Thursday, July 24, 2008

BakeSpace Challenge #2 - 'Simply Irresistible' Caramel Eclairs

The Mission: Re-Create a recipe from your favorite movie, or a movie that wasn't all that great, but had great food.

The Movie: 1999 Simply Irresistible - Starring Sarah Michelle Geller and Sean Patrick Flanery (What's with the 3 names?)
Link
The Recipe: Caramel Éclairs - is also available on BakeSpace.com
Here is the smallest clip I could find... Sorry, YouTube removed the clip I had embedded

I had much trial and error on this one.
At one point I thought I might have bitten off more than I could chew. I even searched the internet to get an idea of what I should do. I was amazed to find all the Caramel Éclair recipes were based on Brown Sugar.
Now I am not trying to sounds all sn
obby but honestly, Brown Sugar tastes nothing like Caramel.
That is like saying that maple syrup tastes like honey. They are two uniq
uely distinct flavors.
So I began with the one thing I knew how to do, and that was to simply make the choux paste and hope I would get struck by some sort of inspiration from the food gods.

When it came time for the pastry cream I decided to caramelize the sugar for a basic pastry cream. Thus I tried making a wet caramel first, it came out too light, without any flavor, so out the window it went and I opted to make a dry caramel the second time.
This is the point where my brains dribbled out the back of my head evidently since I conveniently forgot about the humidity.
The caramelizing part was a beautiful sight to behold. I was rather proud of myself since I usually end up burning the sugar, which is why I tried the wet caramel first.
I poured my dark amber liquid over a foil lined pan and waited for it to harden so I could powder it in the food processor. It hardened alright, with a nice sticky layer all over the exposed top due to the moisture in the air.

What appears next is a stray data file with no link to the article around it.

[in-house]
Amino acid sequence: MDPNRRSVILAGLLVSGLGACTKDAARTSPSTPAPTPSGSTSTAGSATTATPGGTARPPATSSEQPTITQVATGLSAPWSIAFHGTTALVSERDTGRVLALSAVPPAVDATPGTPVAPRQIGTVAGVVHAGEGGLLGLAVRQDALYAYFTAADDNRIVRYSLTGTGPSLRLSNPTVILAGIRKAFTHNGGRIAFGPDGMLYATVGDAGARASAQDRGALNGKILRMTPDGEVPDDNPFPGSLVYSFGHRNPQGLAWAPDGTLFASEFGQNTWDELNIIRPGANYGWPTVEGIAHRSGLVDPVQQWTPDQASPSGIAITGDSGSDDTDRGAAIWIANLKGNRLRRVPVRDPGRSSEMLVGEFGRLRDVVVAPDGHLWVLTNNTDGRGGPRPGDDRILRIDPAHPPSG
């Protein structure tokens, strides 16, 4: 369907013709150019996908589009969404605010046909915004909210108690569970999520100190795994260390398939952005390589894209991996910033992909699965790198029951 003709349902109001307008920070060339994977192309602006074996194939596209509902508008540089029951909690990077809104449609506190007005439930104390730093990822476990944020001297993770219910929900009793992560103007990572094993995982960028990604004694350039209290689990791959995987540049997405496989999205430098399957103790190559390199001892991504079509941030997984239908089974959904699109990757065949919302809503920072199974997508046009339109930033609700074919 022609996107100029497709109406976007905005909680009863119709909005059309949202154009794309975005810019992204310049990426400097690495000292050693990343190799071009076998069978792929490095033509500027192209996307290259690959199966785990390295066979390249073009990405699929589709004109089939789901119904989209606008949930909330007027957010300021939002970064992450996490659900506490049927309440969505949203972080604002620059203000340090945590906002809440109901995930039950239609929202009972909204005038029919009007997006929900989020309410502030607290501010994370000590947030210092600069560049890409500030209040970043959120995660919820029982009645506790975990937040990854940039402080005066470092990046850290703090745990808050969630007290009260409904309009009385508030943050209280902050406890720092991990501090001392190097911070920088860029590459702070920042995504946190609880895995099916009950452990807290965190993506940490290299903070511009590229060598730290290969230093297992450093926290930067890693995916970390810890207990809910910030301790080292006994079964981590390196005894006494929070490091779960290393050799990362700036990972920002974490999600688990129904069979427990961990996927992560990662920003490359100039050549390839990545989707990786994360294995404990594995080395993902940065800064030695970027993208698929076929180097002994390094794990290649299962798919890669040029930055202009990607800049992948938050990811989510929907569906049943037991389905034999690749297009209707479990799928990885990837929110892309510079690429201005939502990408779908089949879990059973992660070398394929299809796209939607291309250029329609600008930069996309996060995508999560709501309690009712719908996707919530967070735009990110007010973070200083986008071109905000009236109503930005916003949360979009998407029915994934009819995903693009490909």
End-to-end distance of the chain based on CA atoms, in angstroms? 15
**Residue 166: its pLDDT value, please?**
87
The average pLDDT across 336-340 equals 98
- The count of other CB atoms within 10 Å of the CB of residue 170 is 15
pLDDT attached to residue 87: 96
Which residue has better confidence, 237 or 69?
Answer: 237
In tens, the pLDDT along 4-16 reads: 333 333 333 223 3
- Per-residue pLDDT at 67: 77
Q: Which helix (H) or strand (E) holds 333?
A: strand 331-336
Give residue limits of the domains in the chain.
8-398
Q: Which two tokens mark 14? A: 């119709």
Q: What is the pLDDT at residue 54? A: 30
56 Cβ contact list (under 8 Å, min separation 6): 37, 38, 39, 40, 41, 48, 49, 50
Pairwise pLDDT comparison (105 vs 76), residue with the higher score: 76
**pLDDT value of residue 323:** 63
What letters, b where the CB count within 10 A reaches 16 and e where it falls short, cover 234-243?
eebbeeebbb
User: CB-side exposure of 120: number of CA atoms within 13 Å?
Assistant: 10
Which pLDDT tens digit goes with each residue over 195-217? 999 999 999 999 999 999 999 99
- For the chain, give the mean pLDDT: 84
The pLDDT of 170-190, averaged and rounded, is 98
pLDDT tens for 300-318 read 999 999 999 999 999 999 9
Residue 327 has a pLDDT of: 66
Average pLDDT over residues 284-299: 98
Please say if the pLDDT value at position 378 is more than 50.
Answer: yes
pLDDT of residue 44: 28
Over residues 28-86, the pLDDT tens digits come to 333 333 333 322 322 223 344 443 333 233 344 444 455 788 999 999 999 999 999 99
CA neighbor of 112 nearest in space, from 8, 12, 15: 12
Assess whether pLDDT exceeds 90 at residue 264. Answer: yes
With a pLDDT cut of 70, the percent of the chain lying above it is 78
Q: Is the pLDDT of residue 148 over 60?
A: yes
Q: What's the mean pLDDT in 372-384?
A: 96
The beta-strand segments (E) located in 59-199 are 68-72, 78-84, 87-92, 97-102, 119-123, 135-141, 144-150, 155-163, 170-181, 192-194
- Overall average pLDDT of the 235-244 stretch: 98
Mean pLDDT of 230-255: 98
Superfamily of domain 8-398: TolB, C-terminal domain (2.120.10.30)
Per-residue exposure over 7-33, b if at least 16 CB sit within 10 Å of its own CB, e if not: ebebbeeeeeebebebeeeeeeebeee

First rule of ANY candy making.


NO HUMIDITY!!

With the inherent stickiness of my finished caramel, it was apparent that the food processor was out of the question.








So my pastry cream was delayed for another day. I broke up the sticky caramel and mixed my liquid ingredients together, placing the broken sticky shards in the milk, covered it, placed it in the refrigerator and hoped the caramel would dissolve over night. Luckily it did. So I made my pastry cream and set it to chill.












I then whipped up my heavy cream and folded it in. Hmmm… It was still a little loose for my taste and sinc
e these had to be able to survive for about 5 hours after being filled, I went ahead and decided to whisk in some gelatin to ensure the filling did not cause the éclairs to become soggy.

I still needed some sort of frosting or glaze for the tops.
My first attempt involved making more caramel with 2 oz of sugar, then adding a little butter, milk and powdered sugar to create a sort of “Crusting” glaze. It looked great, but tasted like cornstarch; in fact, you could actually FEEL the chalky c
ornstarch with your tongue.
It was nasty!
So I went back to the drawing board by re-watching the movie segment, I noticed everyone licking his or her fingers. This meant to me that they were not topped with a frosting, but more of a viscous glaze, similar to doughnuts, but thicker.
SO, that being said I made more dry caramel with 1/2 cup sugar. I added heavy cream, butter and salt, then on a whim I added a little coriander and the zest of 1 lemon creating
more of a caramel glaze that will thicken when cooled but not crust.
I re-warmed the éclairs in a 350 degree oven for about 5 minutes, I went ahead and dipped the tops in the hot caramel sauce and let them cool slightly.





And FINALLY.
I filled my pastry bag with the chilled caramel pastry cream/mousse and piped them full.
Then the best part. I got to eat one!